Make no mistake, Chatwood would not be some cheap, one-year free agent signing. He has been a steady, major league pitcher for a few years now in an unforgiving home park. There is no reason to think he will be significantly cheaper than Cobb or Lynn. But the Orioles may be willing to spend more cash on Chatwood, or give him a longer deal, because he is younger and further removed from his injury than Lynn or Cobb.

Much has been said about the team’s concerns when it comes to signing free agent pitchers after the Ubaldo Jimenez disaster, but Jimenez was 30 years old at that point and well-known for his inconsistency. If we’re honest, the O’s were bargain shopping and thought they found a good deal. Turns out they were wrong. Chatwood’s track record certainly seems more stable.

Some limitations

However, Chatwood shouldn’t be viewed as a “workhorse” or an “innings eater”. He is neither. Over the last two seasons, he has thrown a total of 305.2 innings. He hit the disabled list once in 2017 and was pulled from the rotation at one point to work out of the bullpen. In 2016, he had two DL stints. Odds are, Chatwood will miss time with some minor injuries, and he is not an “ace”. But he could provide quality innings and serve as a solid number three in Baltimore’s rotation and would be a marked upgrade on Jimenez or Wade Miley.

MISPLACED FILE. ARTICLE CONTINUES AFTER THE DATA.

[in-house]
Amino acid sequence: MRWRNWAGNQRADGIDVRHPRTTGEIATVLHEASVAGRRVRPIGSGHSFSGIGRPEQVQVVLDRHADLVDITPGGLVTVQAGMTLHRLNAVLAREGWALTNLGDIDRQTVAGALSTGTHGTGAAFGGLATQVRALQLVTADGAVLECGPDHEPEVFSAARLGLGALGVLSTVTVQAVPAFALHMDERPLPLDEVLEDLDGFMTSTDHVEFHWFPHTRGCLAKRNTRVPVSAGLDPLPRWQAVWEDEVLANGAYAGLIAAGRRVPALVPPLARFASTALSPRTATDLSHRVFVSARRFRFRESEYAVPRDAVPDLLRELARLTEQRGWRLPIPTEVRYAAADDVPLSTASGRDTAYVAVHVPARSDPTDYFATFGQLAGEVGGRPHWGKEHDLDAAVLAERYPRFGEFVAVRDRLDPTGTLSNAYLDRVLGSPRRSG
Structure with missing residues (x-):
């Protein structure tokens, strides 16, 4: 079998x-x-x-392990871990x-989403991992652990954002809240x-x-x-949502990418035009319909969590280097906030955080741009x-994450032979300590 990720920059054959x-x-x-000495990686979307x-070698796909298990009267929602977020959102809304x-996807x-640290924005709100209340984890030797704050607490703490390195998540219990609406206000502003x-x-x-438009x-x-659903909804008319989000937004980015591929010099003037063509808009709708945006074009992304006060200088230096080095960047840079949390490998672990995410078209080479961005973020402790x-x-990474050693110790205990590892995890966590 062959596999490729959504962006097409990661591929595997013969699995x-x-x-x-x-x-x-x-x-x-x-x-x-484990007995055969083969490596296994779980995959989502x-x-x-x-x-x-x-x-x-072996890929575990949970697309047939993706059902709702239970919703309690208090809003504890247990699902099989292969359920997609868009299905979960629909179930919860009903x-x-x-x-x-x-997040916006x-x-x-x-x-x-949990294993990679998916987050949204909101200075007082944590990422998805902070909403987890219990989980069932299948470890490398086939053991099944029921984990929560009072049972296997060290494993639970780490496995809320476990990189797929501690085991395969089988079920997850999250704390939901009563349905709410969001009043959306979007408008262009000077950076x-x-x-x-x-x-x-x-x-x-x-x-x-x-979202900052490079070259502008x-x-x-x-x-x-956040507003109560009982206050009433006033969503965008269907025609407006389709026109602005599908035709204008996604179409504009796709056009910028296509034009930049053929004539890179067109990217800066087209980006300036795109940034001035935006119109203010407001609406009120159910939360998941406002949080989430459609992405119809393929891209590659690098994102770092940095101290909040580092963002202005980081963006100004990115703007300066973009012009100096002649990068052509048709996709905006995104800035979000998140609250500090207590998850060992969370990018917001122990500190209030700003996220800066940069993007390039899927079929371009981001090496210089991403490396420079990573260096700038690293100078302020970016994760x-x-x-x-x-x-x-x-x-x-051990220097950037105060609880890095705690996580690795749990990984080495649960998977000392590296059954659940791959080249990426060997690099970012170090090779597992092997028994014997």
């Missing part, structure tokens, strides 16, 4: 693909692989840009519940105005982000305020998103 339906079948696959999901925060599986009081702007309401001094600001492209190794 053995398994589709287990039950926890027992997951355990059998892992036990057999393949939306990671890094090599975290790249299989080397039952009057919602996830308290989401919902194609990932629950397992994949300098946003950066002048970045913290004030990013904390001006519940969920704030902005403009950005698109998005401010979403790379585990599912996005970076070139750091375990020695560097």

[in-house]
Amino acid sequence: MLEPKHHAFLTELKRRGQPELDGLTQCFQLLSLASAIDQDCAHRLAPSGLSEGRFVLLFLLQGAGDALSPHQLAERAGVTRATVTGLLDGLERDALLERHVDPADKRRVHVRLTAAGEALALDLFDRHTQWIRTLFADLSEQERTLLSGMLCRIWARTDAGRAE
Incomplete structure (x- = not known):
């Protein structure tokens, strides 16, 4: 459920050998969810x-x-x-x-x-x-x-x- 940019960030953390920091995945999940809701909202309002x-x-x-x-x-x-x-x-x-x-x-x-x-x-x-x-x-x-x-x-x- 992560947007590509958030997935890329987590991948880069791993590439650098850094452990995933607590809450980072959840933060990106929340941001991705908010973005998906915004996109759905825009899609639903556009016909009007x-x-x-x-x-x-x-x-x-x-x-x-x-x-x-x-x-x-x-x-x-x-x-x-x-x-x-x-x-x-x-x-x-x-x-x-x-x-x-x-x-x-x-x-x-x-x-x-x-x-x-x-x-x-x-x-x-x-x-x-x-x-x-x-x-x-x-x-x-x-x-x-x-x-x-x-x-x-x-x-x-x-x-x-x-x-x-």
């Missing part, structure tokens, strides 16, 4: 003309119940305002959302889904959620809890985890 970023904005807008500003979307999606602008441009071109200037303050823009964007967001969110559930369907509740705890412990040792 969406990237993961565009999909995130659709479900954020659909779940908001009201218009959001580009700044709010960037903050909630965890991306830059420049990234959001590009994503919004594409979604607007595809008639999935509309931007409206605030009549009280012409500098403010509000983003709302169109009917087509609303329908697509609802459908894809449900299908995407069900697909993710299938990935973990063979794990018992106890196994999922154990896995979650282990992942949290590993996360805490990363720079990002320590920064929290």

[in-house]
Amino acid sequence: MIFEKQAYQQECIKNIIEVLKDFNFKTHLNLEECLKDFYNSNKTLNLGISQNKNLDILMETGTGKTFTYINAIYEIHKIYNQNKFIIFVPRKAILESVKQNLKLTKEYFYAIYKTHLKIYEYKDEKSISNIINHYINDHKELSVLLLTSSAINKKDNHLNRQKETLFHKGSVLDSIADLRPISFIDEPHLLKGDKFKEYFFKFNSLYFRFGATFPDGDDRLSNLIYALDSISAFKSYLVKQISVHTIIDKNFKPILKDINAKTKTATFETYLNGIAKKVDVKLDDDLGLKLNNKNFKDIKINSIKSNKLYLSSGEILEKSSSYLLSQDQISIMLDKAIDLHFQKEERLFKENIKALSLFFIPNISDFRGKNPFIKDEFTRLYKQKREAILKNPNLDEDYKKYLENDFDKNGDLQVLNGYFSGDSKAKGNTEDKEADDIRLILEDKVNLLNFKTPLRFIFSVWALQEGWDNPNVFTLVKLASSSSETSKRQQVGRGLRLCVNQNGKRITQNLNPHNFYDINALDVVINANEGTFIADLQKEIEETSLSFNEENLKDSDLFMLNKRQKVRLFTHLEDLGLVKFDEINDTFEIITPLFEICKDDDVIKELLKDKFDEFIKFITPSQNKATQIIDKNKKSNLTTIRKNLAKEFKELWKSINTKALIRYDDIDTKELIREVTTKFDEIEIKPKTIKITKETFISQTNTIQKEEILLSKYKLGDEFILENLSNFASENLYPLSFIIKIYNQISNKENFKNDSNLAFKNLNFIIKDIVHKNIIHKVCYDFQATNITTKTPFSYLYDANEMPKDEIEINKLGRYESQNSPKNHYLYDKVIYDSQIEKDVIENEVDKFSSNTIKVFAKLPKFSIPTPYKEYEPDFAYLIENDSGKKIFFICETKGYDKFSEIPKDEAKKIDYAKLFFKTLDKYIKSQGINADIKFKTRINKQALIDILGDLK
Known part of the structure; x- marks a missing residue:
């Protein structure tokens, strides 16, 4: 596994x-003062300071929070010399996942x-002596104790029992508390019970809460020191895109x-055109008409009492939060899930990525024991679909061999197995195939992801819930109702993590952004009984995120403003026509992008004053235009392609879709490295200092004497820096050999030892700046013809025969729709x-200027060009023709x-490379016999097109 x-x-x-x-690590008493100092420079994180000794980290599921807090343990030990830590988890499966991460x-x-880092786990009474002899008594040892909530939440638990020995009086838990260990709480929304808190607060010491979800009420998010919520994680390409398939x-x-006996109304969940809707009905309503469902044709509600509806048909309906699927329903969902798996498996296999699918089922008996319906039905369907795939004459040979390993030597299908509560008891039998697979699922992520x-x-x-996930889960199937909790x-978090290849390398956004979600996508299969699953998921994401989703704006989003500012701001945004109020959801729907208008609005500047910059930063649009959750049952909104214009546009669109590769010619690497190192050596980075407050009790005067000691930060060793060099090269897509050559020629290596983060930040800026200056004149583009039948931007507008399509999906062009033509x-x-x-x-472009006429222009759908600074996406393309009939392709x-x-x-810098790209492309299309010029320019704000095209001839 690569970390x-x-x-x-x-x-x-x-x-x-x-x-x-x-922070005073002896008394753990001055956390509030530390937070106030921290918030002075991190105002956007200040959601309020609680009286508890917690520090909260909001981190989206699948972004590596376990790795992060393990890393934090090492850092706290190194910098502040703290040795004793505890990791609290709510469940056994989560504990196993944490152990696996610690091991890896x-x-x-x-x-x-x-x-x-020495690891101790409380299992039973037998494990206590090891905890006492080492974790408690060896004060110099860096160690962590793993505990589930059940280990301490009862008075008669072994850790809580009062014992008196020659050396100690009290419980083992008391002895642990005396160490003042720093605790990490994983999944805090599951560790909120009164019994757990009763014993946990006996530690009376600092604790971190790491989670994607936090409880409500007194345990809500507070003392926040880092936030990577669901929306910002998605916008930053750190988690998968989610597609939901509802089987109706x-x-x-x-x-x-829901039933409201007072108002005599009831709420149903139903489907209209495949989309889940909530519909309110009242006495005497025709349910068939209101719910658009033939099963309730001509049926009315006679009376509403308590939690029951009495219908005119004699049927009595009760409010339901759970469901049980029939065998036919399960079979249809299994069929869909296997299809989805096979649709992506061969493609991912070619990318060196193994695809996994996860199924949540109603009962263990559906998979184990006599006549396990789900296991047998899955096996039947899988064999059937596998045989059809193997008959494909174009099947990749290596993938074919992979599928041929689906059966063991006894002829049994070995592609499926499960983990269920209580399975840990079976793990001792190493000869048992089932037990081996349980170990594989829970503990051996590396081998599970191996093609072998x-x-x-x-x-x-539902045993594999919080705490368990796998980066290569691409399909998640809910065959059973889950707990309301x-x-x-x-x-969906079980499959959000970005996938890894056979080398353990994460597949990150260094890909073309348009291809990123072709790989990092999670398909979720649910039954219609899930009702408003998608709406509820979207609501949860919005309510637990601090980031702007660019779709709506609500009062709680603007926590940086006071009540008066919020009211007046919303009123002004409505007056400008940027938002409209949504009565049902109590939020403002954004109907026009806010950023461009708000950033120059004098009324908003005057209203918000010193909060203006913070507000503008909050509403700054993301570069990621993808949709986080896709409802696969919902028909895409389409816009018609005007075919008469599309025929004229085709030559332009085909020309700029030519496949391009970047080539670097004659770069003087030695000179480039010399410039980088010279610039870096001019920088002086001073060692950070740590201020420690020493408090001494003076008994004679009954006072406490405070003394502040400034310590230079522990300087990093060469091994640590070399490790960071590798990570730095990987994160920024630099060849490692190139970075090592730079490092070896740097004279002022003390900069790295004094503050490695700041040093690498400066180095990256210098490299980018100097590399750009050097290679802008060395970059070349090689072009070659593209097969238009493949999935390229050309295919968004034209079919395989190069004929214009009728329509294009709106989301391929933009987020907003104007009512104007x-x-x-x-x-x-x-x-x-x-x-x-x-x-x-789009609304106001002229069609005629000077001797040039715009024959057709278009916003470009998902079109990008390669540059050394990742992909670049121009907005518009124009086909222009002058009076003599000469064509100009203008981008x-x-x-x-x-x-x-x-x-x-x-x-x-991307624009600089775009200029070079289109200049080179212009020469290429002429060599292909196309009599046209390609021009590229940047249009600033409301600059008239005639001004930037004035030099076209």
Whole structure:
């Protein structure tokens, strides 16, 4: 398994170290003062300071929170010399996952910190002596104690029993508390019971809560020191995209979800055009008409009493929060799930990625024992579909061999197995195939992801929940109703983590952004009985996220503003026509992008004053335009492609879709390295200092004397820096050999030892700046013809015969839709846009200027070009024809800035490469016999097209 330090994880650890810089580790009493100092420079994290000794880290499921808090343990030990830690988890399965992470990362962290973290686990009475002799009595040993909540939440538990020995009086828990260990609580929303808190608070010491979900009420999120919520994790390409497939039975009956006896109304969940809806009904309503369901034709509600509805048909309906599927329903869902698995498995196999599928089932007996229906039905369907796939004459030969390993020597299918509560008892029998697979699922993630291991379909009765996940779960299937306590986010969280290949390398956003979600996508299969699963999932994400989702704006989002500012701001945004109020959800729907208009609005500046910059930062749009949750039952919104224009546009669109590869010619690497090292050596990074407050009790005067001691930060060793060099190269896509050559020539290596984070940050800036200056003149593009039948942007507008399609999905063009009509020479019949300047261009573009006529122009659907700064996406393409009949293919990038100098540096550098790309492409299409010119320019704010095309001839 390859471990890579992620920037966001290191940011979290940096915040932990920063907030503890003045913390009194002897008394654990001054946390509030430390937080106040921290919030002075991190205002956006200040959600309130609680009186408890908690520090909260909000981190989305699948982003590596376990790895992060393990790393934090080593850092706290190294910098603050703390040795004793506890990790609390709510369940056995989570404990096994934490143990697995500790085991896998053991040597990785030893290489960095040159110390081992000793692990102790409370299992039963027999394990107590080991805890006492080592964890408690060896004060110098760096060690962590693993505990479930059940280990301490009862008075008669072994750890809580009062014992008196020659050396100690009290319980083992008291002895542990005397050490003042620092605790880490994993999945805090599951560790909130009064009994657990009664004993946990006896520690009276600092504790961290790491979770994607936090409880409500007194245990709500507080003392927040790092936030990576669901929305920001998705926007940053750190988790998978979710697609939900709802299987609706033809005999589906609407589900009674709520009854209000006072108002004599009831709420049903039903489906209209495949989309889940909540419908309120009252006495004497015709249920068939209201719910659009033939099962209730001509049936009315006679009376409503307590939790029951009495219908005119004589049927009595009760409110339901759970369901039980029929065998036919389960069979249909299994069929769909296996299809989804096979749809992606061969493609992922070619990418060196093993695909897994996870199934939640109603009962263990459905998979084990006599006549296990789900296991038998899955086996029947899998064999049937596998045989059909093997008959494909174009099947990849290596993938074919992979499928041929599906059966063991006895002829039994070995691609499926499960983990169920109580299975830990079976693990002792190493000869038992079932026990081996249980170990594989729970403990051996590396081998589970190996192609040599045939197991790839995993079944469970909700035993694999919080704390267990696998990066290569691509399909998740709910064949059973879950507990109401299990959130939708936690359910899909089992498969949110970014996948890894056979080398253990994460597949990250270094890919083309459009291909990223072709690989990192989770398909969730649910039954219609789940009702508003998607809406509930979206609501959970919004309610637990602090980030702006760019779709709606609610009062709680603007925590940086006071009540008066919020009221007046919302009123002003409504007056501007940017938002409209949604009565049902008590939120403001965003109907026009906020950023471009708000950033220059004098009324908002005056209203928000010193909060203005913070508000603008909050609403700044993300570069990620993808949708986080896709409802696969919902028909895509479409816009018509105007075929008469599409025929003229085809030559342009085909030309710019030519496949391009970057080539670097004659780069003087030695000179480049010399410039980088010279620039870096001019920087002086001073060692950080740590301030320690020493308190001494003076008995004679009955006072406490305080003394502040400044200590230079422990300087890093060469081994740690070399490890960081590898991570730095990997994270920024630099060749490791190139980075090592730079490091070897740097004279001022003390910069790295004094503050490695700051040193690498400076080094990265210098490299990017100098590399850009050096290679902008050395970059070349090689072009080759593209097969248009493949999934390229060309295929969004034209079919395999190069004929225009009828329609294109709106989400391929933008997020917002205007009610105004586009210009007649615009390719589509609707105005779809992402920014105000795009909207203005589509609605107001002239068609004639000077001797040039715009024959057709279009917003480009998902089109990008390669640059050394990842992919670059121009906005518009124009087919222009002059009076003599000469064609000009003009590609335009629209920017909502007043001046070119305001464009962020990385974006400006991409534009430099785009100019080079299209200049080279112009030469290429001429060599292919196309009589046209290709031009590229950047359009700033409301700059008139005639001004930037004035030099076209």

So, how much will it take to get Chatwood to the Charm City? It’s hard to say. Last winter’s free agent pitchers provide little insight. Ivan Nova received three years and $26 million dollars as a 30-year-old last year, but Chatwood is better and younger than Nova. You have to expect he will get at least $10 million per season and it may take a four-year deal to nab him. The Orioles should start at four years and $40 million and see where they go from there. Signing a pitcher for his age-28 through age-31 seasons sounds like as safe a bet as you can find in baseball; too bad that’s not saying much.